The day after the bonfire

by Alison Leonard

It is the day after the night and I am raking the ashes
in the circle of trees. Boots on feet, apple branch in hand,
guardedly I poke and stir and lift – and, in each gust of wind,

the dead overnight dust, with its cargo of lumpen
unburnedness, flashes up into wanton sparks –
and the more I feed it dank and drizzled twigs

and more half-hearted charcoal, the more
it smokes and flames, it flares and rockets –
sinks back, creeps, dies… then again flashes –

it’s crimson ink up the blotter, it’s rose plume from the volcano,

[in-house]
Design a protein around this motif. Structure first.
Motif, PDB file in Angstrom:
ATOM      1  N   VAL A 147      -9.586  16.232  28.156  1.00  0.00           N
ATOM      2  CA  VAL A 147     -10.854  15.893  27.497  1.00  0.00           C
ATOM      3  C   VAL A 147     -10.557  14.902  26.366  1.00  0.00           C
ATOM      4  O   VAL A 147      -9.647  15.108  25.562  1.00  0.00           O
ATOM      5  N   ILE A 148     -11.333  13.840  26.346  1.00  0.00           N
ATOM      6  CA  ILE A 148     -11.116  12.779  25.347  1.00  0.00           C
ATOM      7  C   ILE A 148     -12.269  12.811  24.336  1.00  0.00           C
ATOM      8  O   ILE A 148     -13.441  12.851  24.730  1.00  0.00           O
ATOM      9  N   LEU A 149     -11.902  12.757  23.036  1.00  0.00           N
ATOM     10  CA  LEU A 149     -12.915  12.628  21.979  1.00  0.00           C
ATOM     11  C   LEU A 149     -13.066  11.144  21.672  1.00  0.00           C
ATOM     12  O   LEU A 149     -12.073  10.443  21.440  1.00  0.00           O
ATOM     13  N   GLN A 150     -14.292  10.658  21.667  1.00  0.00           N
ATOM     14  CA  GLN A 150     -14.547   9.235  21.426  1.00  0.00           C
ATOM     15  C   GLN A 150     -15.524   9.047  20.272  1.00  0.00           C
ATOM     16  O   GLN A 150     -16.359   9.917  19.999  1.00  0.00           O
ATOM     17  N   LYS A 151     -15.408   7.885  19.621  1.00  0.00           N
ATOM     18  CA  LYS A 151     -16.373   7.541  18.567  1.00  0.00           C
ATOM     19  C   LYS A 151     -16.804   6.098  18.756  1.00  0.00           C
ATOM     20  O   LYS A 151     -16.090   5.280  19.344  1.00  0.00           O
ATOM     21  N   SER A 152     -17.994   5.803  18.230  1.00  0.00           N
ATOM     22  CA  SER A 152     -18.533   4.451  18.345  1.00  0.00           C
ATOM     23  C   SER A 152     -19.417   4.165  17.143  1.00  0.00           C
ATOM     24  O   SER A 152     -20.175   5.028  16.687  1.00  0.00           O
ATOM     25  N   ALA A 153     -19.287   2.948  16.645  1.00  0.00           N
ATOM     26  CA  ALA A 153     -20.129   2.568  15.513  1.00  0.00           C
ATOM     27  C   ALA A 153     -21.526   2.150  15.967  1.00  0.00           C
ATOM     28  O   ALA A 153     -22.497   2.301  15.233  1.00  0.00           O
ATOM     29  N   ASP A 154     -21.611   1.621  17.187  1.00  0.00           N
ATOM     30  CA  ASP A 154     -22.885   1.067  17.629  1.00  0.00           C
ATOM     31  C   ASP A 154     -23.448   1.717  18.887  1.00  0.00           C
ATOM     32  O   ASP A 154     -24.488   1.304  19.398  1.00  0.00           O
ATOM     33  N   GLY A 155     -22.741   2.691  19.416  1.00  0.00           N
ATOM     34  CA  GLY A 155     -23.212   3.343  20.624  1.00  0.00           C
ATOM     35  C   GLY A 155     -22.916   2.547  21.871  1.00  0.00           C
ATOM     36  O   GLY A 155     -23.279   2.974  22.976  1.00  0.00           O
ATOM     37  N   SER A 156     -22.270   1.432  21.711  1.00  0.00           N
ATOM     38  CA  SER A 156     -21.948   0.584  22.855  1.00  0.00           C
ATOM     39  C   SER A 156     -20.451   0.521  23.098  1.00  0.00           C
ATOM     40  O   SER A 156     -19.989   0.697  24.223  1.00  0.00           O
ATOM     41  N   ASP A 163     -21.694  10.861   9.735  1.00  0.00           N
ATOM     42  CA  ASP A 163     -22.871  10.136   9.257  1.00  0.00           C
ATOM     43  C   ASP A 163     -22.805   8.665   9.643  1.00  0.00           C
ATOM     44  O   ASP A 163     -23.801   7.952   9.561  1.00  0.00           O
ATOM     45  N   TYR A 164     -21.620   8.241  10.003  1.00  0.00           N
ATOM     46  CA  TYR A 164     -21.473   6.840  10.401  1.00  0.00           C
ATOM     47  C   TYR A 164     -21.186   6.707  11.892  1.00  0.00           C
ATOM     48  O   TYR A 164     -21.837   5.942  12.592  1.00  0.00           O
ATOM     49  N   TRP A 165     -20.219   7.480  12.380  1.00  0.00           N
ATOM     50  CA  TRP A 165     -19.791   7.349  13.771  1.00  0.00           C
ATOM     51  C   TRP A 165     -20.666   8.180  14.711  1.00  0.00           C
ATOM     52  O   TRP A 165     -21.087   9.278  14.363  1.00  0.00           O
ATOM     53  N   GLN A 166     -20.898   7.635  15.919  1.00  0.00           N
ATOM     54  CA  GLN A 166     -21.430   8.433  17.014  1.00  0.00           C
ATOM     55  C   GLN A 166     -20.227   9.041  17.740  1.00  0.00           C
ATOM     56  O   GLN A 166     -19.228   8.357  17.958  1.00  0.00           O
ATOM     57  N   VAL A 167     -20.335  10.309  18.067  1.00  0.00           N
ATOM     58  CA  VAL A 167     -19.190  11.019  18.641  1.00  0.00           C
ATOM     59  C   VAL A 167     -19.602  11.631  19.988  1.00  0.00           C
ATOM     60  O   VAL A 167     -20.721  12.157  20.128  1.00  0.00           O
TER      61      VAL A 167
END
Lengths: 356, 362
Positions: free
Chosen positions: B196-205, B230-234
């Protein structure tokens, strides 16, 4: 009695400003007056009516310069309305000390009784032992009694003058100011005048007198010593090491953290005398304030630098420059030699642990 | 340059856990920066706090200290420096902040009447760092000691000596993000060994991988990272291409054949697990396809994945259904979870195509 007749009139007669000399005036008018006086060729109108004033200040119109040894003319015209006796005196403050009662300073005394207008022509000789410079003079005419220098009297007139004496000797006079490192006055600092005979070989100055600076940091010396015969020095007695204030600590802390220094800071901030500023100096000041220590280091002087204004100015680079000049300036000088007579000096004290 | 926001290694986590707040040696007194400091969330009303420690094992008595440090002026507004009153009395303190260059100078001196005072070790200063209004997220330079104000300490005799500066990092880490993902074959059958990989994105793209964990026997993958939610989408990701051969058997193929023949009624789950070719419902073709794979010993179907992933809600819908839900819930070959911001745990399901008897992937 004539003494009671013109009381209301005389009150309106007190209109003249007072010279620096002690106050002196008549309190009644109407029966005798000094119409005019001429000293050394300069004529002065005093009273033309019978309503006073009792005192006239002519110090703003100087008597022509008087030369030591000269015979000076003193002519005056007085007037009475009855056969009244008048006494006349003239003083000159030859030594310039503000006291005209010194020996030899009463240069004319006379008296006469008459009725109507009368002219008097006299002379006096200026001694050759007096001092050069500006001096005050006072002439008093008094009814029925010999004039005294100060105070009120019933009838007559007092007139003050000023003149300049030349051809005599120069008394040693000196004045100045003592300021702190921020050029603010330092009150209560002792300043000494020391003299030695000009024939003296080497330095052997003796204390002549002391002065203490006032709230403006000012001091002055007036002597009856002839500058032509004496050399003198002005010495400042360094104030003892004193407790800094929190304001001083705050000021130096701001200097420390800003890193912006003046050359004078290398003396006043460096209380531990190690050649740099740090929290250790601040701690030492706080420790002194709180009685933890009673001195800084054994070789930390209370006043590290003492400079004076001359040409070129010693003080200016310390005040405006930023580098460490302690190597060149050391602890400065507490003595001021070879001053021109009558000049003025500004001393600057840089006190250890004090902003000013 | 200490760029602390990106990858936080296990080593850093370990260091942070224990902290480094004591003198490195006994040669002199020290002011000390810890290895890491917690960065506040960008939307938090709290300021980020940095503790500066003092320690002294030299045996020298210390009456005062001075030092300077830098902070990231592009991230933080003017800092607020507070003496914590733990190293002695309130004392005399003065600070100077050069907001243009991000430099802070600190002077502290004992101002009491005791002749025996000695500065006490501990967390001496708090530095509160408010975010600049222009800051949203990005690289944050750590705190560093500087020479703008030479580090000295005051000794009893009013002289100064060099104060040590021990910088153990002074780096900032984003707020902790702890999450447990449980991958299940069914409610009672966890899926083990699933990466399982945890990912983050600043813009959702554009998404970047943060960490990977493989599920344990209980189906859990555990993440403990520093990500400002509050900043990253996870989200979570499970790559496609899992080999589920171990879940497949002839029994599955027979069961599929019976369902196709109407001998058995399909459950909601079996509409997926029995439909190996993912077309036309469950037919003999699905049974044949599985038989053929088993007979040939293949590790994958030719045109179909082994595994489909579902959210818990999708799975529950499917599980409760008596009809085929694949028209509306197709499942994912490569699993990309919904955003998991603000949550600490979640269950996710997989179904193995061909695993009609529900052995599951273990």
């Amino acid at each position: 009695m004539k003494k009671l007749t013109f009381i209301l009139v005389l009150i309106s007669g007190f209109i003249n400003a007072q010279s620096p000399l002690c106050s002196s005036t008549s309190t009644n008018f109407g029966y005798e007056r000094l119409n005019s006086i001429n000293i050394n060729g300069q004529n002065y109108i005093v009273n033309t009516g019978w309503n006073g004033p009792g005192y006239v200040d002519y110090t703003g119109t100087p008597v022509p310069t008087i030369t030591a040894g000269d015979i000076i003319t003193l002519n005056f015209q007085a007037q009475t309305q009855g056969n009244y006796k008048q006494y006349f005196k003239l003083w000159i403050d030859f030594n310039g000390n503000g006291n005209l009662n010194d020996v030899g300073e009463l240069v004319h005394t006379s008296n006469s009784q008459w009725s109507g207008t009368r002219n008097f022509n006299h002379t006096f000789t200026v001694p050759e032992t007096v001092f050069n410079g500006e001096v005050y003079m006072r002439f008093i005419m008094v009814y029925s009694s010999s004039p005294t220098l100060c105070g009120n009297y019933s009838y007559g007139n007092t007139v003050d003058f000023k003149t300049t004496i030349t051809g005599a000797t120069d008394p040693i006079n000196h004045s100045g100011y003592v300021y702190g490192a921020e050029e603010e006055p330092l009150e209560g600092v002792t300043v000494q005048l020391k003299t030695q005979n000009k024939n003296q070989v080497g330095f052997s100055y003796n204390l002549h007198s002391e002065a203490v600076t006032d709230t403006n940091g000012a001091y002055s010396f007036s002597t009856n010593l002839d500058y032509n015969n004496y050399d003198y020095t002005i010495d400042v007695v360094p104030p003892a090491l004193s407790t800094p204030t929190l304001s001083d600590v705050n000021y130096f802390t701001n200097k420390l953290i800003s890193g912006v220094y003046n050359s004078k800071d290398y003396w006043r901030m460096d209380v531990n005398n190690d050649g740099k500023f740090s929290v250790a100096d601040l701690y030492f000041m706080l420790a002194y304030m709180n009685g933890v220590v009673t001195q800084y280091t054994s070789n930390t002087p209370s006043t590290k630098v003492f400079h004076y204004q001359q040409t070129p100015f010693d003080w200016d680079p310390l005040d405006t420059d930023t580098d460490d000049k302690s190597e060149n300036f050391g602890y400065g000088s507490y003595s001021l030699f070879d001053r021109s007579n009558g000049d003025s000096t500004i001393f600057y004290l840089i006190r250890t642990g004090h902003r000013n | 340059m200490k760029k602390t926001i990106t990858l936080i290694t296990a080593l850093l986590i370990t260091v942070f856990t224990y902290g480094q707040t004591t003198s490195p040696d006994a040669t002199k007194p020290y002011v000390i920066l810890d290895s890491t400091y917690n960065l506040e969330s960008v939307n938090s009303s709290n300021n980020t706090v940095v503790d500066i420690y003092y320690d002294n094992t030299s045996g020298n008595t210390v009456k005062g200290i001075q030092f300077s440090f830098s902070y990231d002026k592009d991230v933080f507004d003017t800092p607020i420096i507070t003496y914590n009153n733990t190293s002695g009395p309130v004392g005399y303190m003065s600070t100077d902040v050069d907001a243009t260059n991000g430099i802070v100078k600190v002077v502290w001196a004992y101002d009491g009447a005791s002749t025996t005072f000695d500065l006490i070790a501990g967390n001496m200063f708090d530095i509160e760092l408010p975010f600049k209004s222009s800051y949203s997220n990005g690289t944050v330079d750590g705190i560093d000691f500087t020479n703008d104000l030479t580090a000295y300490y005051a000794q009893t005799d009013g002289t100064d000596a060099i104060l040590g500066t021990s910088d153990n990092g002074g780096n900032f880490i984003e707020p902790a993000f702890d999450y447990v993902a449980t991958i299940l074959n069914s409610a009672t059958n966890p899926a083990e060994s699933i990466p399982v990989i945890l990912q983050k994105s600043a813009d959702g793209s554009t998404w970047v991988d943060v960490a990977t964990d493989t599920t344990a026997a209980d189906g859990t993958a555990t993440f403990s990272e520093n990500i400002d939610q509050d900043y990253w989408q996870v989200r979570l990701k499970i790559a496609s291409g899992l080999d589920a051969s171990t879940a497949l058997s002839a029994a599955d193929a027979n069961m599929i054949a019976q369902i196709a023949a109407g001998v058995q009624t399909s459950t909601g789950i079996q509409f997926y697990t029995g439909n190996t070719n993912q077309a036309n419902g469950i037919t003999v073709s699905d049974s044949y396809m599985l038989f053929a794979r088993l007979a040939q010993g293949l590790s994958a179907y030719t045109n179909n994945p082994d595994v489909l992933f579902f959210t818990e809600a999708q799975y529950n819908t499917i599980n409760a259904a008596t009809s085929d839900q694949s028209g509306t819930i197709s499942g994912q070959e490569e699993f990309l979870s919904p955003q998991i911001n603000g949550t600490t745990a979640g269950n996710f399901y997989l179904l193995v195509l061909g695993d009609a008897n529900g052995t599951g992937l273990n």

it’s amber dawn-splash in the awkward grizzled morning –

and I circle it. A sudden witch
snatched from the staking

I dance with the gusting, sweeping,
throat-choking wind, a dissolute
tango in the harvested trees –

we chase each other
in a ring of wild containment,
we tease the turn of the season,
the turning of prayer,
we breathe in
deep smoke,
the wind and I,
breathe out
tough gusts
from tight lungs
into huge air –
we stamp,
we chant,
the wind and I:
Winter. Under.
Winter.
Under.
Winter
under
ground.

©Alison Leonard.

Alison Leonard

Alison Leonard

Alison Leonard has written fiction and drama for adults and children. She is a Quaker who also treads a goddess path.
Alison Leonard

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